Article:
And then I think we have a cultural misunderstanding of sorts. I have nearly finished the congee when one of the cabin crew passes my seat. She looks at me and points out that the congee looks awfully salty because I used all the soy sauce. She then asks me if I would like another congee. As I am still feeling a bit hungry, I agree. Shortly after she returns with a fresh bowl of hot congee. She places it down on my tray and is completely astonished by the fact that I have finished the previous bowl. It is only then that I realise that what she meant was that she would bring me a new dish so I would not have to finish the one which, in her view, I had ruined by adding too much soy sauce.
As far as cutlery is concerned, by the way, you will receive only a spoon and metal chopsticks.
After the flight I extend the seat into sleep mode and catch forty winks before the landing in Seoul.
The lights go on about thirty minutes out of Incheon. The cabin crew pass through the cabin offering glasses of orange juice before they secure the cabin for arrival.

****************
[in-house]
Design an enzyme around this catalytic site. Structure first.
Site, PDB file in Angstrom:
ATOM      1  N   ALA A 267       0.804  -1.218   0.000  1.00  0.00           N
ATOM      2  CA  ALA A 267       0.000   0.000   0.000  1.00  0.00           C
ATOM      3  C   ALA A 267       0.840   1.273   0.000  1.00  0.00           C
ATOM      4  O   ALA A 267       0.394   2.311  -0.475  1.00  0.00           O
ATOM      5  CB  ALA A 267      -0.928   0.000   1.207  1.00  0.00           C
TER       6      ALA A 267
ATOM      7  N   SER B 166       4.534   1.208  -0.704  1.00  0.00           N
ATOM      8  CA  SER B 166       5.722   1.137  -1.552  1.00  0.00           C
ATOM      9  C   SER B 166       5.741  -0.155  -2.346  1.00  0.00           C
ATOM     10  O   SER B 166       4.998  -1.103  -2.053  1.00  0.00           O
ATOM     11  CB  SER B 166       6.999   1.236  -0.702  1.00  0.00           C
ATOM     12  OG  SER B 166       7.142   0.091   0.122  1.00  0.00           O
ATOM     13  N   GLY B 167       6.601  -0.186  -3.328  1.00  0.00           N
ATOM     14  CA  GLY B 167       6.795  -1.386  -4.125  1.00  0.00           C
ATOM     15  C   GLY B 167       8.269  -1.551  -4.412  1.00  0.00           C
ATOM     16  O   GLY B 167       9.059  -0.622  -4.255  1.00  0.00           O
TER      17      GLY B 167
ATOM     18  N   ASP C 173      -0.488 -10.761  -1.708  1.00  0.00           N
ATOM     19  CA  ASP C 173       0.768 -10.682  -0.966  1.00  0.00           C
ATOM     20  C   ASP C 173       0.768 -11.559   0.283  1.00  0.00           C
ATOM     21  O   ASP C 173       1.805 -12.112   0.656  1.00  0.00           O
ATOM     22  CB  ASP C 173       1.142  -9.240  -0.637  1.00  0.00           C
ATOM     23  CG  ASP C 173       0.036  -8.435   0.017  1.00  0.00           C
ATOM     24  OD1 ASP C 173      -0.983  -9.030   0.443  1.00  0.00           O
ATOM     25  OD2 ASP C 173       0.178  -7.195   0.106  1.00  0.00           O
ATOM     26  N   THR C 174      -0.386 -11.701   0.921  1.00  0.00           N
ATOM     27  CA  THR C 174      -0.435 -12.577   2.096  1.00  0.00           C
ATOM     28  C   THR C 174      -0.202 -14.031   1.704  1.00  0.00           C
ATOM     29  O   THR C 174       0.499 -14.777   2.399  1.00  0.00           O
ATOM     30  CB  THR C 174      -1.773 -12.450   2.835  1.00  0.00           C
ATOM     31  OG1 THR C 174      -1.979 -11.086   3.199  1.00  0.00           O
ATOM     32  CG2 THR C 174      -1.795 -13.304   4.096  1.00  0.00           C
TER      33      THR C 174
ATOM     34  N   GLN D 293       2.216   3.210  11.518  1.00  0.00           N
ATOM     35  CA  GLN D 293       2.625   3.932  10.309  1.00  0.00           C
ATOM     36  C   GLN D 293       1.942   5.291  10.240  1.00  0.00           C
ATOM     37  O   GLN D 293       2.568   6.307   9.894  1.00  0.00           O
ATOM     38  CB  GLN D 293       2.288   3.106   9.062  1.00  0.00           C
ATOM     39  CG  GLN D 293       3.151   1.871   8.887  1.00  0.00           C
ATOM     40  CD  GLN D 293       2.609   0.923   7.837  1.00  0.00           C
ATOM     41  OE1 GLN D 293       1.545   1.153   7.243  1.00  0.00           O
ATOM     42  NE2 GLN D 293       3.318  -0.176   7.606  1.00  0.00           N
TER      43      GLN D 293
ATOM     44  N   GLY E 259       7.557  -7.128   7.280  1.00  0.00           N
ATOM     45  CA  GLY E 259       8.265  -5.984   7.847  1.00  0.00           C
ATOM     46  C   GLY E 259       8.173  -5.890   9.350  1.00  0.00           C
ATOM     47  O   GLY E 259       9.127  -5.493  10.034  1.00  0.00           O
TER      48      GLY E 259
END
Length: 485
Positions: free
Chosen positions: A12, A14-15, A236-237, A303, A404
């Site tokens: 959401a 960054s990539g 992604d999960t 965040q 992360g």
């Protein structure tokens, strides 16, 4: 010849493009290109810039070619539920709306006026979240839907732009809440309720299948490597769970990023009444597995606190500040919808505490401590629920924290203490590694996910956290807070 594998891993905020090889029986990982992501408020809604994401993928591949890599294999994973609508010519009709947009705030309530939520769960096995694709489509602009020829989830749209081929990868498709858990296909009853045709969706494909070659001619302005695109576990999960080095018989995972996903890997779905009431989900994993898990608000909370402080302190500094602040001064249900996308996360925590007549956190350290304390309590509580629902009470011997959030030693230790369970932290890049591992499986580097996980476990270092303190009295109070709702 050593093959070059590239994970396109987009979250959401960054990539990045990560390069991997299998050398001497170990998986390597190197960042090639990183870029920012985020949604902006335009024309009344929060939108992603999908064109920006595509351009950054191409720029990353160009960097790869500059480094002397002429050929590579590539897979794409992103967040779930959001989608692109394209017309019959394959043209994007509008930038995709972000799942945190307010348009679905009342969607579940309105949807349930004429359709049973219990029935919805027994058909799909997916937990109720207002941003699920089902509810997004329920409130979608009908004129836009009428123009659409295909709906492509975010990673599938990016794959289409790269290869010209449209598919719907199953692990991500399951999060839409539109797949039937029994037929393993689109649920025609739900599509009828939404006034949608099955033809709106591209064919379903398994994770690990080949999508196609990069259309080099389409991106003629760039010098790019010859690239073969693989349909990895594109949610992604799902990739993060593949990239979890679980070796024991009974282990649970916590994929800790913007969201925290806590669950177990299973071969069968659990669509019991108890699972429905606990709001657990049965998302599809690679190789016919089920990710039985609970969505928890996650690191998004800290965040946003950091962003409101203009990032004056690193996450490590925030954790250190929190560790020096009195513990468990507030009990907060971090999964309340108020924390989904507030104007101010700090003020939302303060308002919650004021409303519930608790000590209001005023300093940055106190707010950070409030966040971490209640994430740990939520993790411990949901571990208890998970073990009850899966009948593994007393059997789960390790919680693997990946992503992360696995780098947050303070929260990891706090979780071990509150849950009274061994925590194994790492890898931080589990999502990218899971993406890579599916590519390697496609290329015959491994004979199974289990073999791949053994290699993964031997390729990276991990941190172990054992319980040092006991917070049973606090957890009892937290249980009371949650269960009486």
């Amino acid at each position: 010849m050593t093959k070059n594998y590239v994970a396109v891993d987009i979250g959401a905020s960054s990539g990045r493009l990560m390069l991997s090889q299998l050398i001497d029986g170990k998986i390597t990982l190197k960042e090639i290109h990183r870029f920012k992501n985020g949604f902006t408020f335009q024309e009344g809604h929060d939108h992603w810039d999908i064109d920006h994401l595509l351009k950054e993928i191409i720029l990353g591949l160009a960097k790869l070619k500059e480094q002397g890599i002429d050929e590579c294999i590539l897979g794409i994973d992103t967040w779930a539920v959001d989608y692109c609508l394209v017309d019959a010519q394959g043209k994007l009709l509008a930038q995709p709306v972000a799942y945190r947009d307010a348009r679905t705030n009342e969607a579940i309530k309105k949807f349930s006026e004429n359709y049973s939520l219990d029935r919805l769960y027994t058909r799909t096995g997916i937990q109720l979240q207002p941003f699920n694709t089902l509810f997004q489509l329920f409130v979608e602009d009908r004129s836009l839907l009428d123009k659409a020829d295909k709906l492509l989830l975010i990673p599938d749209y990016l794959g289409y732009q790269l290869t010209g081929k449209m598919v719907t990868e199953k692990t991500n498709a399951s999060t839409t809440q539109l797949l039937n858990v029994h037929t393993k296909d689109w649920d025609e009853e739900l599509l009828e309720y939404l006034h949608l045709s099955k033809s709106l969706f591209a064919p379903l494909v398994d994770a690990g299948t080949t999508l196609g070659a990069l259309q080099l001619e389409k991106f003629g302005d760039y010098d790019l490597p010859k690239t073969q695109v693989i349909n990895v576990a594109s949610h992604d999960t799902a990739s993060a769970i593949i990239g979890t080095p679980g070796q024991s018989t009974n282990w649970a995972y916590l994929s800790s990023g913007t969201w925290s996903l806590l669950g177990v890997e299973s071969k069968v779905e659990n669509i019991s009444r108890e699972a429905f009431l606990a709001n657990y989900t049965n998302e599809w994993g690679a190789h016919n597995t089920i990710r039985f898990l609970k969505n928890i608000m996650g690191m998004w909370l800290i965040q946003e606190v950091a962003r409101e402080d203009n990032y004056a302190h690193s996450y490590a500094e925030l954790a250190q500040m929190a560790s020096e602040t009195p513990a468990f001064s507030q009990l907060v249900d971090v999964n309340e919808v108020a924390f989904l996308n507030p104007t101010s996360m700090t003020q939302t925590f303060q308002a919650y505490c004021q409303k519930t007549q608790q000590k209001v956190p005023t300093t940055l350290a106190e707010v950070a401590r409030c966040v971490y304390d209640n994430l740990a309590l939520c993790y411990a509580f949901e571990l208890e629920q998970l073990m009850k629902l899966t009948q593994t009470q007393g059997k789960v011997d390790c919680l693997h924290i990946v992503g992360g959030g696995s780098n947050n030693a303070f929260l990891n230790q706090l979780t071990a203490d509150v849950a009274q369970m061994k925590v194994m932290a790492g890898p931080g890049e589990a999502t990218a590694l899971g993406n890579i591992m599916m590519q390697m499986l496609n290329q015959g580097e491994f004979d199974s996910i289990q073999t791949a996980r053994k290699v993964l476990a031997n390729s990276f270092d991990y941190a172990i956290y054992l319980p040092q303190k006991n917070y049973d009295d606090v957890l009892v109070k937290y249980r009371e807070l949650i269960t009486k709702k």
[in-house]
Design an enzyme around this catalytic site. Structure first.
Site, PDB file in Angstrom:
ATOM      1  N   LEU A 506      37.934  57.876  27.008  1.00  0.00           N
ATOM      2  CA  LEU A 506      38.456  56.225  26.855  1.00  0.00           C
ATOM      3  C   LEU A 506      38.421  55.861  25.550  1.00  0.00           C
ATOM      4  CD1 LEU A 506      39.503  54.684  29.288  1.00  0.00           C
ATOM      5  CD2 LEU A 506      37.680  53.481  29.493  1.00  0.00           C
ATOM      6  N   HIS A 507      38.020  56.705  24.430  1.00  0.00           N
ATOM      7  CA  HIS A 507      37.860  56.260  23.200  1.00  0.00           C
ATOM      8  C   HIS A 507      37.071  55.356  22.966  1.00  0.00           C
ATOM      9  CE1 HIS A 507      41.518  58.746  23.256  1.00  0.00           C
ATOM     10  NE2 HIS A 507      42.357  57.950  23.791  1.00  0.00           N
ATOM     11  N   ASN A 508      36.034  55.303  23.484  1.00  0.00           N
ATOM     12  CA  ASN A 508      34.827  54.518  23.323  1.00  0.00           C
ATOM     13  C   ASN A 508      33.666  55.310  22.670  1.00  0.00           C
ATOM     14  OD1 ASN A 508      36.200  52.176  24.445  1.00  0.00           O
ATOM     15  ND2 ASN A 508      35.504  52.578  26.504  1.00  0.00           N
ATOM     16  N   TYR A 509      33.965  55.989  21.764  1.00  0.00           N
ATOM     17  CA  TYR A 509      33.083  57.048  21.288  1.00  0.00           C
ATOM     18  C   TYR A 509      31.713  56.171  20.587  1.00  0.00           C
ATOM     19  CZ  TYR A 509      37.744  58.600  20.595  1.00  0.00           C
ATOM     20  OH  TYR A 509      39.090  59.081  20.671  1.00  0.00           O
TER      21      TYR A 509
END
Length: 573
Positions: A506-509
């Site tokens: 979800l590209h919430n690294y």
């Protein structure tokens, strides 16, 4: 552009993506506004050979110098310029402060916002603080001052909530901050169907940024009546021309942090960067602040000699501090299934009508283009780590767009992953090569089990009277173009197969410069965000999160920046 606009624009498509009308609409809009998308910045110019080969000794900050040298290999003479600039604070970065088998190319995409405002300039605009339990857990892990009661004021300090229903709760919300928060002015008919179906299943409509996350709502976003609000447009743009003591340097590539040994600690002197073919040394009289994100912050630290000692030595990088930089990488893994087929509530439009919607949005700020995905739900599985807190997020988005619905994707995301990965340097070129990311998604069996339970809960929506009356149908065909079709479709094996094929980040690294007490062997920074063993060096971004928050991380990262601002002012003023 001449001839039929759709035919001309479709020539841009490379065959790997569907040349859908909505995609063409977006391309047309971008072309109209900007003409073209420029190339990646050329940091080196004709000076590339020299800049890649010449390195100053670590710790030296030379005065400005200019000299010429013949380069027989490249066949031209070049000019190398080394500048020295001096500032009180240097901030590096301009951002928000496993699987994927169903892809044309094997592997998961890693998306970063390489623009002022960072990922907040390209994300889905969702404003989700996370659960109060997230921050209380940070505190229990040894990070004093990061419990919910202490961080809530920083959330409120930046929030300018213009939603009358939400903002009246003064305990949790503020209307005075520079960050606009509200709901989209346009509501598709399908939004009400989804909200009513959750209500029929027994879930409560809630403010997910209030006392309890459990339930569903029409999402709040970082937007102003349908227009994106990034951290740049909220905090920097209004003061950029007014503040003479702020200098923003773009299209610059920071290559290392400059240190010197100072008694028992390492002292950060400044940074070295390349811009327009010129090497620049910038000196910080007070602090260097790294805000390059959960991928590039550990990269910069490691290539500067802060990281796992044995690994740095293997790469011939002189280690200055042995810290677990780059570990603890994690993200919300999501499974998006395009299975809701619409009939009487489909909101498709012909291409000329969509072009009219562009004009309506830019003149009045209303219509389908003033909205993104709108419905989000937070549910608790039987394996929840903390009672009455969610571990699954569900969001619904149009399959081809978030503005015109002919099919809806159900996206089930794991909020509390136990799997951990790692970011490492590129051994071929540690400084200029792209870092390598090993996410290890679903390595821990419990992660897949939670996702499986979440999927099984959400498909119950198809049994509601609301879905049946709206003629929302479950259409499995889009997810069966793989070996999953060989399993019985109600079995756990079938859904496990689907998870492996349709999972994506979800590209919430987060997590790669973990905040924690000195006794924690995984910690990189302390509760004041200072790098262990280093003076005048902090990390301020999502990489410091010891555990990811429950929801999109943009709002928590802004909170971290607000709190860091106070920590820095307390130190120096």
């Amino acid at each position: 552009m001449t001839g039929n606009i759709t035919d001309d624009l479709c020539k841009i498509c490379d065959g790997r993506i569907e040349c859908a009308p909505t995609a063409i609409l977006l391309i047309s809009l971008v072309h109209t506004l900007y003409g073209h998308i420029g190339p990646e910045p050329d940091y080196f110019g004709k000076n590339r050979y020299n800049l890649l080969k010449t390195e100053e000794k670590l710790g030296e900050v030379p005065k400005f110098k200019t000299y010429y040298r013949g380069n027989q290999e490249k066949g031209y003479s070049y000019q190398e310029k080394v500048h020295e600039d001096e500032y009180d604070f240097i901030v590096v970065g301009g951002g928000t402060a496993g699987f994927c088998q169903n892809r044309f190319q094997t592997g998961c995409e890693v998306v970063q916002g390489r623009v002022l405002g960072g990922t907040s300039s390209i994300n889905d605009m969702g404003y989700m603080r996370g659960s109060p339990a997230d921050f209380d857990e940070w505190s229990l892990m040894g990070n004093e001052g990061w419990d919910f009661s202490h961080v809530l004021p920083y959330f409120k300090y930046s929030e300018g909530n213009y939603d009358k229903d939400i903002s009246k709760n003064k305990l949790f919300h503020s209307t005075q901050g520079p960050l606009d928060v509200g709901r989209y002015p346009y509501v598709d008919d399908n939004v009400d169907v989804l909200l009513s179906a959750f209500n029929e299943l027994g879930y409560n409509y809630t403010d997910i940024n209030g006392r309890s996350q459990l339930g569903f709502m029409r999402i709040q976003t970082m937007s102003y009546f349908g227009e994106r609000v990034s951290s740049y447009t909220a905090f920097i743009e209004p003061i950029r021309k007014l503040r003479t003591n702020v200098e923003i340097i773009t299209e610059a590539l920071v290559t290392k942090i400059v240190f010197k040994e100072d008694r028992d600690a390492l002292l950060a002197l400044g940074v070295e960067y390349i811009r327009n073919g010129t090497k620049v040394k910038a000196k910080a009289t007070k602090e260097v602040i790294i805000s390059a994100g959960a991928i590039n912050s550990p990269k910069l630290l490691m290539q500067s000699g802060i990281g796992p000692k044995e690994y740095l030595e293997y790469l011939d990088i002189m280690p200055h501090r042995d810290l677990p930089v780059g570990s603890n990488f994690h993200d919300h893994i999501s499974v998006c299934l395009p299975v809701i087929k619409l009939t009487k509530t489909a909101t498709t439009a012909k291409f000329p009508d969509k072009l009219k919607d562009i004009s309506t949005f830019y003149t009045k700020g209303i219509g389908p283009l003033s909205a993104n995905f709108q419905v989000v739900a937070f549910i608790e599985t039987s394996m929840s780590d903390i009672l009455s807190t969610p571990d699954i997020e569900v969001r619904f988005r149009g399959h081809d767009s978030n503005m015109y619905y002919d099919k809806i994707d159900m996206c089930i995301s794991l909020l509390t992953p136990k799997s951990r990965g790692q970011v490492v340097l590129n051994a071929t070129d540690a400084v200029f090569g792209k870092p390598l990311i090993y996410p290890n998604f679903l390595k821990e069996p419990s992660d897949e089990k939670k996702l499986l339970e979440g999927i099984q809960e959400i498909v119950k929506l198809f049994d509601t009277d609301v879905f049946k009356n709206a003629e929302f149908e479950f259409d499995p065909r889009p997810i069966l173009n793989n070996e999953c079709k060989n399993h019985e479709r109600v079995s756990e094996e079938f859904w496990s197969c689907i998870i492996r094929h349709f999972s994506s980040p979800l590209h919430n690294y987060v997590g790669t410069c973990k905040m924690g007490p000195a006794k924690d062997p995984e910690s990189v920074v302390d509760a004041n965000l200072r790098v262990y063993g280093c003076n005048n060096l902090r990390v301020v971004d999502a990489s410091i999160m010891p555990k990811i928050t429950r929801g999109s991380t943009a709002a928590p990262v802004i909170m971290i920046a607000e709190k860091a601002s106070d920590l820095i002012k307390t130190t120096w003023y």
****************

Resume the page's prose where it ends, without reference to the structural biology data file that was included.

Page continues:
The temperature is only around 24 degrees Celsius when we arrive. It is just coming up to five o’clock. But it is so humid that the aircraft’s windows are all fogged up, making it impossible to see anything clearly outside. Much to my surprise though, another four aircraft land behind us in the time it takes us to vacate the runway and taxi to the apron. I would not have thought the place would be so busy at this time of the morning.
GETTING INTO TOWN
Departs from: Second pavement row, between sectors 5C and 8D
Journey time: About 10 minutes.
I shall be staying at the Nest hotel in Incheon again, which is where I already stayed in February on my stopover on my way from Frankfurt via Seoul to Auckland. Unfortunately, the first shuttle to the hotel will not be leaving the airport until 06h10, which is more than an hour away. So instead I decide to take a taxi. The taxi stand is organised by destination. Taxis for short journeys to places around Incheon leave from stand 5C.